It happened again this week. I glimpsed my reflection in the mirror – silvering hair braided down my back, creased eyes rimmed by glasses – and thought, I look like my mother. I sound like my mother too. One night, chatting with my daughter, who was visiting from college, I mentioned an article I’d read about the eruption of an Indonesian volcano in the early 1800s.

“The blast was so powerful that it altered weather patterns around the world,” I said. “In parts of Europe and North America, crops froze and caused a huge famine.”

“The way you said that—” Lydia’s eyes widened in surprise. “I just heard Savta.”

“It’s true!” I laughed in recognition, missing my mother’s voice.

The older I get, the more I appreciate the many characteristics I share with my mother, who passed from this life to the next more than seven years ago. Perhaps some distant day, my daughter will look and sound like me. But the older I get, and the older my children get, the more I hope that we will look and sound like Jesus.

“For whom He [God] foreknew, He also predestined to become conformed to the image of His Son,” the apostle Paul wrote in the book of Romans (8:29 NRSV).

My mother’s hefty Bible concordance, which sits beside my desk, reveals that the Greek word used here for ‘conformed,’ comes from two related words meaning ‘together with’ and ‘shaped.’ In other words, God’s plan, begun before I was even born, was to shape me together in the image of his Son.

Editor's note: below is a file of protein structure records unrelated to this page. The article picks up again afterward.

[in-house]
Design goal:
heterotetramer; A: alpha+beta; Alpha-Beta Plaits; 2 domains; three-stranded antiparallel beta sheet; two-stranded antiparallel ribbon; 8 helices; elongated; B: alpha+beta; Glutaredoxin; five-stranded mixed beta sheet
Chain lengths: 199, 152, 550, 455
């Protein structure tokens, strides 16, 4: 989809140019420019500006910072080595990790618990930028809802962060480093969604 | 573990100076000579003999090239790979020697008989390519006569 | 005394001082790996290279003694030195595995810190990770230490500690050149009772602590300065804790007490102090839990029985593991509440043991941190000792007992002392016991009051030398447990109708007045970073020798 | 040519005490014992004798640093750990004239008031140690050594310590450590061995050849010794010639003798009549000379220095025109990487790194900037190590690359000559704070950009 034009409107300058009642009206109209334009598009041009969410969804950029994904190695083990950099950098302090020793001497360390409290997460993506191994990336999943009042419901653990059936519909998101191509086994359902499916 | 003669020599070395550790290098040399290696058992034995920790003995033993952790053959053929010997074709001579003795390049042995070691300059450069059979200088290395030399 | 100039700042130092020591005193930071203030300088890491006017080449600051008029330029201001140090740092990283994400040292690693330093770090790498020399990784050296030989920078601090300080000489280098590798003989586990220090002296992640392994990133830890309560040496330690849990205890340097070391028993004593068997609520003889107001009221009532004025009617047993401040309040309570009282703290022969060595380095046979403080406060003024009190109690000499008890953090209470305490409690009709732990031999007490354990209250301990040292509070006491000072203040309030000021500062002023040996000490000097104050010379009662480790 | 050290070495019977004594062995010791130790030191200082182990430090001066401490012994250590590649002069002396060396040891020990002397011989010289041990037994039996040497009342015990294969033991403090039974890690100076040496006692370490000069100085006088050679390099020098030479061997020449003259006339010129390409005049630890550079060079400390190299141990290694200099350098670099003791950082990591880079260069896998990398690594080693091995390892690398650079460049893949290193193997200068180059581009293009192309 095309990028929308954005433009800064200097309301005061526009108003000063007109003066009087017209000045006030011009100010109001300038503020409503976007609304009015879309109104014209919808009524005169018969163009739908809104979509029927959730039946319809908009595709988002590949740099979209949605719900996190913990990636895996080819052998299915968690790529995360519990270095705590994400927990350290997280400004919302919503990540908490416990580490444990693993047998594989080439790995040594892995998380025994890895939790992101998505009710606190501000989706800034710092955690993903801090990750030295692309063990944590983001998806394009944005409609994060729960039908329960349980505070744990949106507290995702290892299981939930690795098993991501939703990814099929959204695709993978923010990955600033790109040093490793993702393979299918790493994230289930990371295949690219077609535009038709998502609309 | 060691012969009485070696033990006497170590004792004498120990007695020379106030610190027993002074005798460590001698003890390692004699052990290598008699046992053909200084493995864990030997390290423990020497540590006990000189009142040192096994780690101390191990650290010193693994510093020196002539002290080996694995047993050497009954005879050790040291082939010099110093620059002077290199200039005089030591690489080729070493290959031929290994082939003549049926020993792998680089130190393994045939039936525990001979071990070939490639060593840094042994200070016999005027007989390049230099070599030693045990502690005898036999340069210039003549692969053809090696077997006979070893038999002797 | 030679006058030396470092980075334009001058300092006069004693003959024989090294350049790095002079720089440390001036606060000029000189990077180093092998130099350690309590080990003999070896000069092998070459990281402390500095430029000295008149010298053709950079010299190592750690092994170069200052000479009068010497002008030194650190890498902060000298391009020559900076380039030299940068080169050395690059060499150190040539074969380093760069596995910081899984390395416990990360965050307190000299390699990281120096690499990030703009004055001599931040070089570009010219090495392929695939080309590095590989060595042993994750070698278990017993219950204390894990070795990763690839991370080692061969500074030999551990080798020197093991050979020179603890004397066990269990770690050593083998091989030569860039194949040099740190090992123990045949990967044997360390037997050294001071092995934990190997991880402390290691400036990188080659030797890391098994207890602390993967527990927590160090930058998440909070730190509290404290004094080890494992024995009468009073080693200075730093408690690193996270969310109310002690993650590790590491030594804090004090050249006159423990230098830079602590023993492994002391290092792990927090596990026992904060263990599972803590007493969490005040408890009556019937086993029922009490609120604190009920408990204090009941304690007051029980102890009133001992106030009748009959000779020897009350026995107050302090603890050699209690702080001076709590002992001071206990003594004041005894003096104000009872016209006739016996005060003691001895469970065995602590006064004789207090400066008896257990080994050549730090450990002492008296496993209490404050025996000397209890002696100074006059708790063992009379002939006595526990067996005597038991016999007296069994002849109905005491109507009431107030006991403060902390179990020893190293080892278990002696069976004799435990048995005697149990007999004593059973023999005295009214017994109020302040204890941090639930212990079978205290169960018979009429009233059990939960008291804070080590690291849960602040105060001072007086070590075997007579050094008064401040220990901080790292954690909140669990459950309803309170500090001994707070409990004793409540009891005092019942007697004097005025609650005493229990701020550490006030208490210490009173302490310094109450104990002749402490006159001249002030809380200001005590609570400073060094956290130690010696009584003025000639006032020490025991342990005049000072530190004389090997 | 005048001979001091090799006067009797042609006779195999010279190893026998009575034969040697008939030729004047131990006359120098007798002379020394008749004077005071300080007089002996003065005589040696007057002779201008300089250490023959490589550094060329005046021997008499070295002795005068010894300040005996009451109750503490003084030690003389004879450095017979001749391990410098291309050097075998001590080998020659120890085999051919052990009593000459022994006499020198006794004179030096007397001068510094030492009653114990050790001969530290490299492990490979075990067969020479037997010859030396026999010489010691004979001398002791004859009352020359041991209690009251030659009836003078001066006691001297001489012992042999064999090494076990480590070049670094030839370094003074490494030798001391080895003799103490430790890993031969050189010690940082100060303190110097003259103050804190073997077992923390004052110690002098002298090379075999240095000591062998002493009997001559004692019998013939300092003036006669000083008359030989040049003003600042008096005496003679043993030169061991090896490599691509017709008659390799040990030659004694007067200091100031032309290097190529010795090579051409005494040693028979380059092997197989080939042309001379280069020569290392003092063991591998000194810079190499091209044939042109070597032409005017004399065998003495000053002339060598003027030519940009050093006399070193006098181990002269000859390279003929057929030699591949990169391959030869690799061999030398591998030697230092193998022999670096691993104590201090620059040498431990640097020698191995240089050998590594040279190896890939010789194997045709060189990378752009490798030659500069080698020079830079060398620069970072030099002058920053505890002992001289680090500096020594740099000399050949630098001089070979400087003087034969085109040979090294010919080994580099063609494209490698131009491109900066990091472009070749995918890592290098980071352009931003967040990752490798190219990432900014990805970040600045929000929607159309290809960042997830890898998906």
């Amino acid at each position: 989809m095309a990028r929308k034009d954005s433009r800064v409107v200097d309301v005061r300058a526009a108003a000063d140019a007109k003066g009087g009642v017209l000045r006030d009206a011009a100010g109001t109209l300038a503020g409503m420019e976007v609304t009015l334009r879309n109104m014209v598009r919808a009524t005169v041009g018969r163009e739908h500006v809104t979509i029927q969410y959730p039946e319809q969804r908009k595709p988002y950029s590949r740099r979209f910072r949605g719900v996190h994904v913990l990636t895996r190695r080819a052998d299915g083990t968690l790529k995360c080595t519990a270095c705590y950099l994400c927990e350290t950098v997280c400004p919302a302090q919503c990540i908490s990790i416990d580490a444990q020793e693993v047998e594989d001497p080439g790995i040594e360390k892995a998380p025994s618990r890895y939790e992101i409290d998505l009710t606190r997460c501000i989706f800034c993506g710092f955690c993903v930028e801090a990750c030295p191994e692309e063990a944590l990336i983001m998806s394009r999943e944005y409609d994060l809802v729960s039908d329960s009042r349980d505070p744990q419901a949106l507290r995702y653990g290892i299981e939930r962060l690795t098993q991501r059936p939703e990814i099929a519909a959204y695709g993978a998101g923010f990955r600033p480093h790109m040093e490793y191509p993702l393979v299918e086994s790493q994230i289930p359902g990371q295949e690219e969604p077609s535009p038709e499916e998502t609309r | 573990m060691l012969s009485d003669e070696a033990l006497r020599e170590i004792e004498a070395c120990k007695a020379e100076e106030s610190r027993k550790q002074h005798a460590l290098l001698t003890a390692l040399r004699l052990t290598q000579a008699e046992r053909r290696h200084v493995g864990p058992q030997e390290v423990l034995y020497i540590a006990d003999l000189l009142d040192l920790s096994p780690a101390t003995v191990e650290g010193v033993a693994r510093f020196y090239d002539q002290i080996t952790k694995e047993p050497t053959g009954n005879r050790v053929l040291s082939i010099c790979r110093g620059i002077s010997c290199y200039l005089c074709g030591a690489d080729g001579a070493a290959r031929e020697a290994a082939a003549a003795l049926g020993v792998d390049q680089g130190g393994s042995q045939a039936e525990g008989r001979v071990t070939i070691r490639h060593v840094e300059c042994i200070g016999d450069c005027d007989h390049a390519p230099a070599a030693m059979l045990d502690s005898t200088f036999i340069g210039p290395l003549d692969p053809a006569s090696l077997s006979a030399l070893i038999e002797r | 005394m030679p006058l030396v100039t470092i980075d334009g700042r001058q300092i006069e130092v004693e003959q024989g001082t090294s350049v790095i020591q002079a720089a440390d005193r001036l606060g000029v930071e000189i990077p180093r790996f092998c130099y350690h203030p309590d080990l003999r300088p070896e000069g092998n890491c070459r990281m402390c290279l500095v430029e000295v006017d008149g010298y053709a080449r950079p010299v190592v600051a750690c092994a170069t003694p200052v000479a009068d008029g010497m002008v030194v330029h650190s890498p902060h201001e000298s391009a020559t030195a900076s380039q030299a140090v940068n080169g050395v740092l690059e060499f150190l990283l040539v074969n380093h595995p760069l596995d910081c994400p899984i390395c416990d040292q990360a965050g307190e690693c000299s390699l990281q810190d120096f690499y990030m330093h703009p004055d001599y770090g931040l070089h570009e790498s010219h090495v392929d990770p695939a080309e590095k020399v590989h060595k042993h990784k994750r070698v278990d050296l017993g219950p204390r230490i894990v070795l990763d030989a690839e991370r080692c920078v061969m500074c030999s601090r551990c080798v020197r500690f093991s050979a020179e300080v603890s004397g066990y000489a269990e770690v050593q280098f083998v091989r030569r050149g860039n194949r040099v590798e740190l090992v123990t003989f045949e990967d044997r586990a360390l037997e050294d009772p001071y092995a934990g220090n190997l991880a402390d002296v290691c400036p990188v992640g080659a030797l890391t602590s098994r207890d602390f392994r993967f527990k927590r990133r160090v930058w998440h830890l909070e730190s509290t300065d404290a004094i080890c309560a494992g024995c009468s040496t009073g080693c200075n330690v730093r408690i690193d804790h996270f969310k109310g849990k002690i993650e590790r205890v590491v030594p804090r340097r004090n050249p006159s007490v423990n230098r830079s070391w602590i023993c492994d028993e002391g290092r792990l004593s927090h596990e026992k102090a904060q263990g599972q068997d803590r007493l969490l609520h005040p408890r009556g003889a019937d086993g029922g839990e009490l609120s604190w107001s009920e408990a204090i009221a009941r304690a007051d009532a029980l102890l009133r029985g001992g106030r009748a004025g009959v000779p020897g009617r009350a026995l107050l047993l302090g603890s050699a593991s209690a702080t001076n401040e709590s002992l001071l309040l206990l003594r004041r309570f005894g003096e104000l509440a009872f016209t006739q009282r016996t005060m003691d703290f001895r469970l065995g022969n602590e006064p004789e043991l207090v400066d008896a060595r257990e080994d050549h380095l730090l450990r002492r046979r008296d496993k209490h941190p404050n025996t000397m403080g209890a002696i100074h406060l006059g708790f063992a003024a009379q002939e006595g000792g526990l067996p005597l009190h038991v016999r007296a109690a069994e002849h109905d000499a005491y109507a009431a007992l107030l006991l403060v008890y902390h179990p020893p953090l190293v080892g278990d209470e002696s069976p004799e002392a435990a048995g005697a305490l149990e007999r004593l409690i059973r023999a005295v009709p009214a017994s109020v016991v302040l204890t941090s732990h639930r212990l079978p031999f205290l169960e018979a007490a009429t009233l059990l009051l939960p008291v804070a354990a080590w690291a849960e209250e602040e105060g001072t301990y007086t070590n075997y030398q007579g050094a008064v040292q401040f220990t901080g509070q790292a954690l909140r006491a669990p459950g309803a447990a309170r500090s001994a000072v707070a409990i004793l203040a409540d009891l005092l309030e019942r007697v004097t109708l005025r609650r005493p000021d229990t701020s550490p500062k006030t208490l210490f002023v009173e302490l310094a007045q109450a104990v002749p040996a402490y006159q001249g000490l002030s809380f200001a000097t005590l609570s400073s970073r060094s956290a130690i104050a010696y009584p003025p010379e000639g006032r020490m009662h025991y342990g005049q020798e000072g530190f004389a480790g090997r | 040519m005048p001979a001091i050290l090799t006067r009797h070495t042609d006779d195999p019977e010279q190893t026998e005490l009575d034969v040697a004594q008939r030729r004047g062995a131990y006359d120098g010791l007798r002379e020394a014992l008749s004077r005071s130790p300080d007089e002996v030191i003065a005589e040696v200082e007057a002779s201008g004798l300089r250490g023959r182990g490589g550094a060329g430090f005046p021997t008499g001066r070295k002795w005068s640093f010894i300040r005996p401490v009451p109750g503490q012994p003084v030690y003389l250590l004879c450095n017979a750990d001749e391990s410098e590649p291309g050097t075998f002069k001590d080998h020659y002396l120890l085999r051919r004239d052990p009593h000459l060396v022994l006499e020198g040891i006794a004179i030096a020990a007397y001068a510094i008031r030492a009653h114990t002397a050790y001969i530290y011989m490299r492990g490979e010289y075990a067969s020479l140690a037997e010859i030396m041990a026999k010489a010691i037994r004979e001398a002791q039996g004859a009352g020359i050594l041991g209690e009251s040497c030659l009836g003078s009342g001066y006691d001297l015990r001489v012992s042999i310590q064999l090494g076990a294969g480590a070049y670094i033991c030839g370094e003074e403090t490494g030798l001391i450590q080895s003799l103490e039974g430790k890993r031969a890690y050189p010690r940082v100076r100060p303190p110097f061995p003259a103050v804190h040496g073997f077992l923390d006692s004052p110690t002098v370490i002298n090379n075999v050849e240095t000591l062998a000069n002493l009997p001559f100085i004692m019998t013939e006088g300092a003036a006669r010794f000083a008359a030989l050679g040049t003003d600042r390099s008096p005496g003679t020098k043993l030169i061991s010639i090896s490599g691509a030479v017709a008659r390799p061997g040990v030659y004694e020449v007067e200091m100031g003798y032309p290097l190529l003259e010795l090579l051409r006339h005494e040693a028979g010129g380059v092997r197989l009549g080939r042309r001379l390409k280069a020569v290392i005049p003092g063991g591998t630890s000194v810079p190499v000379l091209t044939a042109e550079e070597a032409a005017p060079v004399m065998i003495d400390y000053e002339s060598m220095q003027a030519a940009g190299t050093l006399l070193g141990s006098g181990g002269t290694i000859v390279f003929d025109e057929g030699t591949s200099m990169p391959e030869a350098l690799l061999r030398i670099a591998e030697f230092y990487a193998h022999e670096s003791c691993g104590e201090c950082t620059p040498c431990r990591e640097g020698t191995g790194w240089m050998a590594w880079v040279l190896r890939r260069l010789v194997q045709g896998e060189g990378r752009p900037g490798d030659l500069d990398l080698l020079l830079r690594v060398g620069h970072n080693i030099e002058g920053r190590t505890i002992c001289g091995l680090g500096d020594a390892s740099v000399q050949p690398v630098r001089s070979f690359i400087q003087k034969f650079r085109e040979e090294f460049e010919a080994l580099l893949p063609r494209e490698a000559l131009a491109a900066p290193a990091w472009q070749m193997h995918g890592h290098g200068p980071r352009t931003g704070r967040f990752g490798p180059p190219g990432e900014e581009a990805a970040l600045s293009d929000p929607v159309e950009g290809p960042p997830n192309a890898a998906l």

Or as Paul later wrote in the same book,

“Do not be conformed to [or shaped into the image of] this world, but be transformed by the renewing of your mind, that you may prove what the will of God is, that which is good and acceptable and perfect,” (Romans 12:2 NRSV).

As geo-political conflicts erupt around the world like that long-ago Indonesian volcano, it’s easy to be shaped by fear. I can no more stop Russia from attacking the Ukraine, than I can alter the weather. But through the power of the Holy Spirit, I can allow God to shape me together like Jesus so that I can respond to the events around me with faith and love.

Because deeper than my DNA, I am formed by generations of believers, going back to the cross. And even before that, I am shaped by those who held onto God’s promises, enduring every kind of difficulty as they waited for the day when God would reveal his plan of salvation to the world.

So during this first week of Lent, rather than being shaken by the events around us, let us repent of our wrongs and seek God’s righteousness. Let us cry out for justice and mercy and peace for the oppressed. And above all, let us pray that God will transform us into the image of his Son so that more people will see and hear Jesus.

Meadow Rue Merrill, author of the award-winning memoir, Redeeming Ruth, writes from a little house in the big woods of Midcoast Maine. She is also the author of the children’s picture book The Backward Easter Egg Hunt and four other books celebrating the holidays with activities that build children’s faith. Connect at